Attitudes towards homosexuality did not necessarily reflect or correspond with national legalization of same-sex marriage.
European countries were the most likely to be accepting.
The country with the most progressive attitude towards homosexuality was Spain. A mere 6 percent said that homosexuality was morally unacceptable, a whopping 55 percent said it was morally acceptable, and another 38 percent felt it wasn't a moral issue at all.
Spain became the third country in the world to legalize same-sex marriage in 2005, 17 days ahead of Canada.
Germany came second on the list for its liberal attitudes: only 8 percent said homosexuality was morally unacceptable while 51 percent said it was morally acceptable and 38 percent said it wasn't a moral issue. However, same-sex marriage has not been legalized in Germany yet.
France, where thousands of anti-same-sex marriage protesters took to the streets of Paris and Lyon en masse prior to legalization in 2013, was slightly ahead of Canada, with only 14 percent stating that homosexuality was morally unacceptable, 36 saying it was morally acceptable, and 50 percent saying it wasn't a moral issue.
Although Canada was the fourth country in the world to legalize same-sex marriage, the country came fifth on the list of countries surveyed (after the Czech Republic), with 15 percent deeming homosexuality as morally unacceptable. However, 30 percent said it morally acceptable and 50 percent said it was not a moral issue. (Canada and France tied for the countries with the largest percentages who think homosexuality isn't a moral issue.)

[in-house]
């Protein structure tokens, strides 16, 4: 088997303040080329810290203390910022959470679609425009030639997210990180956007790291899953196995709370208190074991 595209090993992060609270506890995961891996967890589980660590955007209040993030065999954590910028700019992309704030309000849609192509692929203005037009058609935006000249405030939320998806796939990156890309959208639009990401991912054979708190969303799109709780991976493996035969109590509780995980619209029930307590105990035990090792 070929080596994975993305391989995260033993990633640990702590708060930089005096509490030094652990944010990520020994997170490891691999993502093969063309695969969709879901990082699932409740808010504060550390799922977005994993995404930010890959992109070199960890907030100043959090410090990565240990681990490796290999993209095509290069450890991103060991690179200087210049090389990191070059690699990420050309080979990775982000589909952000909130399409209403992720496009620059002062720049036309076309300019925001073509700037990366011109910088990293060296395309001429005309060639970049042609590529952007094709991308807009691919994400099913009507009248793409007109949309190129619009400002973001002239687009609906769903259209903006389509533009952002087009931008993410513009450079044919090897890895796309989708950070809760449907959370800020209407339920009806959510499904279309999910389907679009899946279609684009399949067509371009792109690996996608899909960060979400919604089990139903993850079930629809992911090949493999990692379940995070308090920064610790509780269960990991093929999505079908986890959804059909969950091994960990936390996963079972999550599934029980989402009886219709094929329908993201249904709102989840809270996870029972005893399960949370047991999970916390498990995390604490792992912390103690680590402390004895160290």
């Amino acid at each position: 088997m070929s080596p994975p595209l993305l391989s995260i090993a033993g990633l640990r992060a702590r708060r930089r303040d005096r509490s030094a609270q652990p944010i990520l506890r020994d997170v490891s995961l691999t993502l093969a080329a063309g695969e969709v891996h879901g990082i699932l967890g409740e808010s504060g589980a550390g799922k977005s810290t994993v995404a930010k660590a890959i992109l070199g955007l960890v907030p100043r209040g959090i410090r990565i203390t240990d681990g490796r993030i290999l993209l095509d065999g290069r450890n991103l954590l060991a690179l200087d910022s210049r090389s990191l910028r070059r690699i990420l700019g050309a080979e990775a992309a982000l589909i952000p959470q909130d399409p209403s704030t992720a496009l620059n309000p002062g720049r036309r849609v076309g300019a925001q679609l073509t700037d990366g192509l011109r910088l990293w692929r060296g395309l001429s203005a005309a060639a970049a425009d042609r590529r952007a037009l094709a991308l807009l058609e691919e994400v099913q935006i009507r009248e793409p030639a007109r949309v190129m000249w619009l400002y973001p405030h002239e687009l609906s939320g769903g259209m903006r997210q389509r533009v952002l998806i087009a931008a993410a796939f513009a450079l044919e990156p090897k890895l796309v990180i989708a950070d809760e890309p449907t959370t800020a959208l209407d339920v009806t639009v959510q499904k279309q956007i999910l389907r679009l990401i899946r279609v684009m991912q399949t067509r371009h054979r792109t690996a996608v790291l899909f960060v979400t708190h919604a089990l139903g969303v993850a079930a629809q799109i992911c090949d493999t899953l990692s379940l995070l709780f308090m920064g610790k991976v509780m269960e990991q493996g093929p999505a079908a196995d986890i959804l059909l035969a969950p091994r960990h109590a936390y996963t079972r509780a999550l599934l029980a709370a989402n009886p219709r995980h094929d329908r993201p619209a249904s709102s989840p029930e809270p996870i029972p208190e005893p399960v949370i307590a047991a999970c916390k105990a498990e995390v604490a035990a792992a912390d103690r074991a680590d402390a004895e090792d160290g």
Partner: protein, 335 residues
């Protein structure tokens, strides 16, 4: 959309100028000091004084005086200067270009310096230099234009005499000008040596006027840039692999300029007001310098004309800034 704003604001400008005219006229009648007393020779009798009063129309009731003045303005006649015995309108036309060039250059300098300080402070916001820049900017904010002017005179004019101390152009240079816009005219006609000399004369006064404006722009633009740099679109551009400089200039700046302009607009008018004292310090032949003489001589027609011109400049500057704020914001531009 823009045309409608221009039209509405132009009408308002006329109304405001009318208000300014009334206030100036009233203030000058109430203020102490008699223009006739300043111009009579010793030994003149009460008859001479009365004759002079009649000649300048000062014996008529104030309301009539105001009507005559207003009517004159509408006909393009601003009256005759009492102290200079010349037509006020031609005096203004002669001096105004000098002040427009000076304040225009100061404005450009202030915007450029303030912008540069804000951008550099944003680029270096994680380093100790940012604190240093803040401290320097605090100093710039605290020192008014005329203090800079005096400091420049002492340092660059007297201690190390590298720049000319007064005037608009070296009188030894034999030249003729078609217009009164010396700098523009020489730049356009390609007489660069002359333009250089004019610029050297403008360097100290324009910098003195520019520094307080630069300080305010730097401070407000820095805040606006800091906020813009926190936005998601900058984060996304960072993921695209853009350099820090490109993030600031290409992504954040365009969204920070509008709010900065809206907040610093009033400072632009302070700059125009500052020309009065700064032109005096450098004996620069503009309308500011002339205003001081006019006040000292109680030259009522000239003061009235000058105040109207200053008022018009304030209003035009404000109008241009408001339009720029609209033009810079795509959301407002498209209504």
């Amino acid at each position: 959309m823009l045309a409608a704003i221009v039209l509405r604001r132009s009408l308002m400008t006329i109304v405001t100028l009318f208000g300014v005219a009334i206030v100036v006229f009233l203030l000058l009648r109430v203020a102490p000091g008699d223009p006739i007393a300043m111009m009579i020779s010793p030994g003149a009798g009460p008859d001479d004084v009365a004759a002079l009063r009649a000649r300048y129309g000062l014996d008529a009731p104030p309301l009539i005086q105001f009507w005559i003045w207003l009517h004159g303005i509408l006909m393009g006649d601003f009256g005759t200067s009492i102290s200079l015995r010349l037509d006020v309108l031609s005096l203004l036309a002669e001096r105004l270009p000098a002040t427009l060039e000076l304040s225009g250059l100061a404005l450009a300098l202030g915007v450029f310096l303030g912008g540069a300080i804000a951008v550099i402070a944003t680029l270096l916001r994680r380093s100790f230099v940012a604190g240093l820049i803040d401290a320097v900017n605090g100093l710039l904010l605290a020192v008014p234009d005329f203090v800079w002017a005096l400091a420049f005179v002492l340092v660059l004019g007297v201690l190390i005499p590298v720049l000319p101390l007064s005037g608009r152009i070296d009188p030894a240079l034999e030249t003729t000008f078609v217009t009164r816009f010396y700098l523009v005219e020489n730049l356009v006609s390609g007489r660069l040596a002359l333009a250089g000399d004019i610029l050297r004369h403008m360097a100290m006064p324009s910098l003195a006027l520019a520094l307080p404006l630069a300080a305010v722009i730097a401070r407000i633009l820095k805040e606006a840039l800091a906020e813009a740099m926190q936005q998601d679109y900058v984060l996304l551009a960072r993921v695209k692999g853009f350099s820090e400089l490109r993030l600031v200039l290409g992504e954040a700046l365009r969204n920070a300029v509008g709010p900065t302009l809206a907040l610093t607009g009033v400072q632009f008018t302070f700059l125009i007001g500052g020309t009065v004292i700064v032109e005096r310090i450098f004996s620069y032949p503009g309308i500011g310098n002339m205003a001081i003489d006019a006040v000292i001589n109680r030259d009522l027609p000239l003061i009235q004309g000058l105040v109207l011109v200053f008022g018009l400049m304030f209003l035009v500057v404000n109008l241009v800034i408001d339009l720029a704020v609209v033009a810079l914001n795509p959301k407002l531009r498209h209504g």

Canada was followed by Britain, Australia, Italy, and Argentina.
The most accepting Asian country on the list was Japan, with 31 percent regarding being gay as morally unacceptable, 38 percent as morally acceptable, and 25 percent deeming it not a moral issue. The country was 10th on the list.
Just as same-sex marriage makes patchwork progress in the United States, American responses were equally mixed: 37 percent said same-sex relations are morally unacceptable, only 23 percent said it was morally acceptable and 35 percent said it was not a moral issue. It came 12th on the list.
Even though South Africa became the sixth country to legalize same-sex marriage in 2006, attitudes towards homosexuality were still very intolerant: 62 percent said it was morally objectionable while only 18 percent said it was acceptable and a mere 12 percent thought it wasn't a moral issue.
In India, where homosexuality was recently criminalized, 67 percent of those surveyed saw being gay as morally unacceptable. Meanwhile, in Russia, where much international attention has been focused on its anti-gay laws, 72 percent found homosexuality morally objectionable.
Rounding out the bottom of the list were Egypt (with 95 percent viewing as homosexuality as morally unacceptable), Jordan (also 95 percent), and Ghana (98 percent).
Some countries which were among the earliest to legalize same-sex marriage, such as Holland, Belgium, Norway, and Sweden, were not included in the survey.